Latest Safety Notices

Hairy Dave's picture

Pod harness safety

It seems the DHV are now addressing the issues of paragliding pod harnesses with dodgey reserve systems, back protectors, etc. and their inappropriate use by recreational pilots.

Their report is at http://www.dhv.de/web/en/safety/articles-statistics/pod-harness-test

Reserves and back protectors are just the glaring problems with some of these harnesses. There are numerous other areas in which some of these types are found wanting and I expect the DHV will get on the case in due course.

The taking off with the leg straps undone problem can only truly be solved when everyone does a proper pre-flight check before every launch.

Steve Purdie's picture

Eastbourne Airshow

Beachy Head and surroundings will be closed from Wednesday night until Monday for Eastbourne airshow.

See http://notaminfo.com/nationalmap for details.

Hairy Dave's picture

Ground inversion season - avoid a nasty surprise.

I hate to mention the word, but it's beginning to feel autumnal early morning and late evening some days. What we're feeling is a ground inversion, which has provided more than a few nasty moments for pilots. It works like this:

We're all familar with the ground heating in the day, heating the air touching it and making thermals. As the sun goes down the reverse happens.

The once-hot ground radiates it's heat energy. If there's no blanket of cloud to bounce it back, the energy is lost into space and the ground gets cold.

The air touching the cold ground gets cold and dense.

As evening draws into night, the layer of cold air gets thicker and colder, anything between a few feet and a up to several hundred feet, perhaps even a thousand.

We now have a lake of heavy, cold air over the land with the real air doing it's own thing over the top.

The autumnal feel happens when we're standing in the cold layer - it's cold, humid (even forming dew or mist) and less windy than in the day.

Risks to the unwary pilot are:

It's been windy all day and close to sunset the wind drops to flyable. If you fly and climb a bit, you might get up to the windy layer and find a turbulent surprise in the shear layer between the two. Above the shear layer it will still be as windy as it was all day.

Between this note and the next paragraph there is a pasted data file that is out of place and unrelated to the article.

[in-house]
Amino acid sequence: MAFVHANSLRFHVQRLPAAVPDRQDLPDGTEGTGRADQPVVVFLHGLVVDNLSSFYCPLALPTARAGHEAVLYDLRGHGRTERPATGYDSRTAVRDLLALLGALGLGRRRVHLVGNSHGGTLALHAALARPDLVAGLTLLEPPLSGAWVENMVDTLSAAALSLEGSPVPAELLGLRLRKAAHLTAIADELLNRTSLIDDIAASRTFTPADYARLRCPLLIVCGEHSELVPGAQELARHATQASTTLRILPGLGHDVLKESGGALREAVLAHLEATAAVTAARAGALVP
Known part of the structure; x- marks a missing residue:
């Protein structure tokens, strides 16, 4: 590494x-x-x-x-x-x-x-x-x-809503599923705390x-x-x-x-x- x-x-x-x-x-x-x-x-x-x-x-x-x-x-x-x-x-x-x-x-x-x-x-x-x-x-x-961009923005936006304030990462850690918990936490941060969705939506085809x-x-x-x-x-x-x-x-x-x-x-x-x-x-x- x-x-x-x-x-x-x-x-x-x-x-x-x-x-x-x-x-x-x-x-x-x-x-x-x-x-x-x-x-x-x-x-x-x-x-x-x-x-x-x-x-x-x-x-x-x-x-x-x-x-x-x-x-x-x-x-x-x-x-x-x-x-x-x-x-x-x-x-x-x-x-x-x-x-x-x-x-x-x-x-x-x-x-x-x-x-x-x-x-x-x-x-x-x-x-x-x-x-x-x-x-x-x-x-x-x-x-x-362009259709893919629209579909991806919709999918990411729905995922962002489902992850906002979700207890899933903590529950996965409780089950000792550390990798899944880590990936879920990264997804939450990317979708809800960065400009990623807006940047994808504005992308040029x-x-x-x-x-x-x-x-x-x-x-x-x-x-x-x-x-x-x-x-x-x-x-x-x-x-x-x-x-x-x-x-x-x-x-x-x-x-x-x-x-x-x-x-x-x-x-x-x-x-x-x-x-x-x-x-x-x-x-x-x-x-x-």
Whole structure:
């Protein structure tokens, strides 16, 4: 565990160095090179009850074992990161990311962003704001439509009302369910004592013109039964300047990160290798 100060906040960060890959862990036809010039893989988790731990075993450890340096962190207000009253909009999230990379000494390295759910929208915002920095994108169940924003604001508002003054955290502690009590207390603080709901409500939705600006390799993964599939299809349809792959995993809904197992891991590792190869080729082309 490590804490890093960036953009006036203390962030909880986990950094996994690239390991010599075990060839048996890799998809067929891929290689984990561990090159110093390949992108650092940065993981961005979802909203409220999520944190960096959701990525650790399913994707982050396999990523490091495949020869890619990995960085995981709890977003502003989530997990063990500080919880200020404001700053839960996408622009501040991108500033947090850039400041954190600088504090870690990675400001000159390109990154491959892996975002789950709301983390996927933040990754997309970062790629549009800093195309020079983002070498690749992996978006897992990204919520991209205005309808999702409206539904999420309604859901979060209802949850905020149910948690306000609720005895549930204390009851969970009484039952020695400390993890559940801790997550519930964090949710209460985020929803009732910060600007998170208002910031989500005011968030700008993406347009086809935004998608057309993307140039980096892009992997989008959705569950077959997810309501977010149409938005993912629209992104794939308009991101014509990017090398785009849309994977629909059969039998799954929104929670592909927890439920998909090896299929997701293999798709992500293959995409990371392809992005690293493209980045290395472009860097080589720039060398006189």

The wind early morning is light and flyable (possibly with plenty of wind from the north as the cold layer flows out to sea, just like a river). With some sun on the ground, thermals start and climbing begins. If you get a decent early climb, you might get to the shear layer and receive a battering from the turbulence. If you get through that in one piece there might be a lot more wind above.

At about the point in the day when the thermals are strong enough to get our intrepid shear-layer researcher aloft, all those thermals belting through the cold layer stir up the whole system and mix the cold air in with the normal air above. That usually takes 10 minutes to half an hour and is not a nice time to fly. The thermals race up through the cold air, lumps of windy air from above are brought down and sensible pilots will be on the ground having coffee.

Once the mixing is complete and the ground inversion is gone, all the cold air having mixed up with the air above, thermal activity will slow right down. That's because the air over the fields is now warmer and the fields and their thermals need to get hotter to make the required temperature difference. After another coffee it should get going again and this time the climbs will go all the way up.

Signs that this might be the situation:

It's been a warm, breezy day and in the evening the wind slows as it cools off.

The skies are fairly clear allowing the energy to escape.

It's not windy on the ground, but the clouds are moving well.

The forecast is for wind, but it's not windy on take off.